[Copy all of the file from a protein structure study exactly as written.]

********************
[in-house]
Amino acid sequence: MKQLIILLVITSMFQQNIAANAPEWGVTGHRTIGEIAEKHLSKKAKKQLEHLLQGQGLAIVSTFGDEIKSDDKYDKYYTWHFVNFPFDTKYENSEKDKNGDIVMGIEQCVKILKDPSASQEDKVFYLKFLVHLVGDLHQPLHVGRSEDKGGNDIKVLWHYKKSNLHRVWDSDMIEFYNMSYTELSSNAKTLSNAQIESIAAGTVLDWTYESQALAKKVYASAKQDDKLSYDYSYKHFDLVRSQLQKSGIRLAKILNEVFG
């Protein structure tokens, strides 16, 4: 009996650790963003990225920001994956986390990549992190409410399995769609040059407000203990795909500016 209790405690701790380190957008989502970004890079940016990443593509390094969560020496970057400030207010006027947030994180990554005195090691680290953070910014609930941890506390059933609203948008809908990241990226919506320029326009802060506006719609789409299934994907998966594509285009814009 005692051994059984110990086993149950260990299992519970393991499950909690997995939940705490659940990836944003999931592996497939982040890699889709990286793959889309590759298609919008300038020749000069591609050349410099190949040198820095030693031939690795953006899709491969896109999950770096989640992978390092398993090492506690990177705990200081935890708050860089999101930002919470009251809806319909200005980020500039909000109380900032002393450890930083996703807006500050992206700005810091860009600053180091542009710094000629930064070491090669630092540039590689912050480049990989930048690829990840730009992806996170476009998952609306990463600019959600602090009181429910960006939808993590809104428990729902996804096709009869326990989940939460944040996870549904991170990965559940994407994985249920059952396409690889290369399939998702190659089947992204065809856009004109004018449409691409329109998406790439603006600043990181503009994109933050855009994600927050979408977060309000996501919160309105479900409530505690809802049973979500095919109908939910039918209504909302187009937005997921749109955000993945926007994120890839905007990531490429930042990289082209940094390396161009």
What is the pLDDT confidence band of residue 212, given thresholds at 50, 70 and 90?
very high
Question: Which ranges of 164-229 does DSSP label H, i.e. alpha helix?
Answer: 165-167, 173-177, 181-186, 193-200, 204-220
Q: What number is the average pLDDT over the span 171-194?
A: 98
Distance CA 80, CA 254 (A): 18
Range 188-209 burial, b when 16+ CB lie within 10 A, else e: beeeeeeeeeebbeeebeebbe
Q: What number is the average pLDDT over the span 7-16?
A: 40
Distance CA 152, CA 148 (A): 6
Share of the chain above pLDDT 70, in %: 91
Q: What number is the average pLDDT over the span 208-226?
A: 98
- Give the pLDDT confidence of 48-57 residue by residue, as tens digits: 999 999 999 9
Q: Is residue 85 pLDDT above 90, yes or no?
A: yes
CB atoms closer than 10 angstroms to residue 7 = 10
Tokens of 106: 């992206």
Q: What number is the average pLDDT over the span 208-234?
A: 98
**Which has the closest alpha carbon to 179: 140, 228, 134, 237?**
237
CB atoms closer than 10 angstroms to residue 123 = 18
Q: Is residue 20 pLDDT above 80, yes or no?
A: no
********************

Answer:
[in-house]
Amino acid sequence: MKQLIILLVITSMFQQNIAANAPEWGVTGHRTIGEIAEKHLSKKAKKQLEHLLQGQGLAIVSTFGDEIKSDDKYDKYYTWHFVNFPFDTKYENSEKDKNGDIVMGIEQCVKILKDPSASQEDKVFYLKFLVHLVGDLHQPLHVGRSEDKGGNDIKVLWHYKKSNLHRVWDSDMIEFYNMSYTELSSNAKTLSNAQIESIAAGTVLDWTYESQALAKKVYASAKQDDKLSYDYSYKHFDLVRSQLQKSGIRLAKILNEVFG
């Protein structure tokens, strides 16, 4: 009996650790963003990225920001994956986390990549992190409410399995769609040059407000203990795909500016 209790405690701790380190957008989502970004890079940016990443593509390094969560020496970057400030207010006027947030994180990554005195090691680290953070910014609930941890506390059933609203948008809908990241990226919506320029326009802060506006719609789409299934994907998966594509285009814009 005692051994059984110990086993149950260990299992519970393991499950909690997995939940705490659940990836944003999931592996497939982040890699889709990286793959889309590759298609919008300038020749000069591609050349410099190949040198820095030693031939690795953006899709491969896109999950770096989640992978390092398993090492506690990177705990200081935890708050860089999101930002919470009251809806319909200005980020500039909000109380900032002393450890930083996703807006500050992206700005810091860009600053180091542009710094000629930064070491090669630092540039590689912050480049990989930048690829990840730009992806996170476009998952609306990463600019959600602090009181429910960006939808993590809104428990729902996804096709009869326990989940939460944040996870549904991170990965559940994407994985249920059952396409690889290369399939998702190659089947992204065809856009004109004018449409691409329109998406790439603006600043990181503009994109933050855009994600927050979408977060309000996501919160309105479900409530505690809802049973979500095919109908939910039918209504909302187009937005997921749109955000993945926007994120890839905007990531490429930042990289082209940094390396161009």
What is the pLDDT confidence band of residue 212, given thresholds at 50, 70 and 90?
very high
Question: Which ranges of 164-229 does DSSP label H, i.e. alpha helix?
Answer: 165-167, 173-177, 181-186, 193-200, 204-220
Q: What number is the average pLDDT over the span 171-194?
A: 98
Distance CA 80, CA 254 (A): 18
Range 188-209 burial, b when 16+ CB lie within 10 A, else e: beeeeeeeeeebbeeebeebbe
Q: What number is the average pLDDT over the span 7-16?
A: 40
Distance CA 152, CA 148 (A): 6
Share of the chain above pLDDT 70, in %: 91
Q: What number is the average pLDDT over the span 208-226?
A: 98
- Give the pLDDT confidence of 48-57 residue by residue, as tens digits: 999 999 999 9
Q: Is residue 85 pLDDT above 90, yes or no?
A: yes
CB atoms closer than 10 angstroms to residue 7 = 10
Tokens of 106: 């992206």
Q: What number is the average pLDDT over the span 208-234?
A: 98
**Which has the closest alpha carbon to 179: 140, 228, 134, 237?**
237
CB atoms closer than 10 angstroms to residue 123 = 18
Q: Is residue 20 pLDDT above 80, yes or no?
A: no